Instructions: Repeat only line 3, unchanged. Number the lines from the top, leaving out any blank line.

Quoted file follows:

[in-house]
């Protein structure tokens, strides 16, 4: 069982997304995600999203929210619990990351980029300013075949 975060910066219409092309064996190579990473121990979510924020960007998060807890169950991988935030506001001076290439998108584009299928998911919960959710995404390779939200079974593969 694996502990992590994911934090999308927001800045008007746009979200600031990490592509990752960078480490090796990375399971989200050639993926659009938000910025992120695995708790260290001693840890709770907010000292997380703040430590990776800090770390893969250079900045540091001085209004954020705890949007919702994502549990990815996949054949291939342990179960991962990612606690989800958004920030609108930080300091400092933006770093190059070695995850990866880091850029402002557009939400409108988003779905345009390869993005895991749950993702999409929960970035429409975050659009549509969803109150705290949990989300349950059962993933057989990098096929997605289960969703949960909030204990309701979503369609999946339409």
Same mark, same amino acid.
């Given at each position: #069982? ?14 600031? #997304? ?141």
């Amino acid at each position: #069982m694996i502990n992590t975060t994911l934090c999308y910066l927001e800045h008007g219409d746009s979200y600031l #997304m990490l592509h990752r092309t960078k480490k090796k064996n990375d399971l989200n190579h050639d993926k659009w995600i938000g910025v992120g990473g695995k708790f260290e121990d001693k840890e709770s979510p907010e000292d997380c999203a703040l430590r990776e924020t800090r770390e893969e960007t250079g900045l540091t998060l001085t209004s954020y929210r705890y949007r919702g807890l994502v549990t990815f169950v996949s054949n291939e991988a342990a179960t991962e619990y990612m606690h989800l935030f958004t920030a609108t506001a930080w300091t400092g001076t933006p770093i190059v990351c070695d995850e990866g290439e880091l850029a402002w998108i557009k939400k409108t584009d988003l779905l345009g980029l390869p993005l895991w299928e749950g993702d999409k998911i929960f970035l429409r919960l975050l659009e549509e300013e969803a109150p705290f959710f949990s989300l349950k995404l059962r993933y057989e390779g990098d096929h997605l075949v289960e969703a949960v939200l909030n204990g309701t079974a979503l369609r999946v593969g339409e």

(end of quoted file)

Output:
Same mark, same amino acid.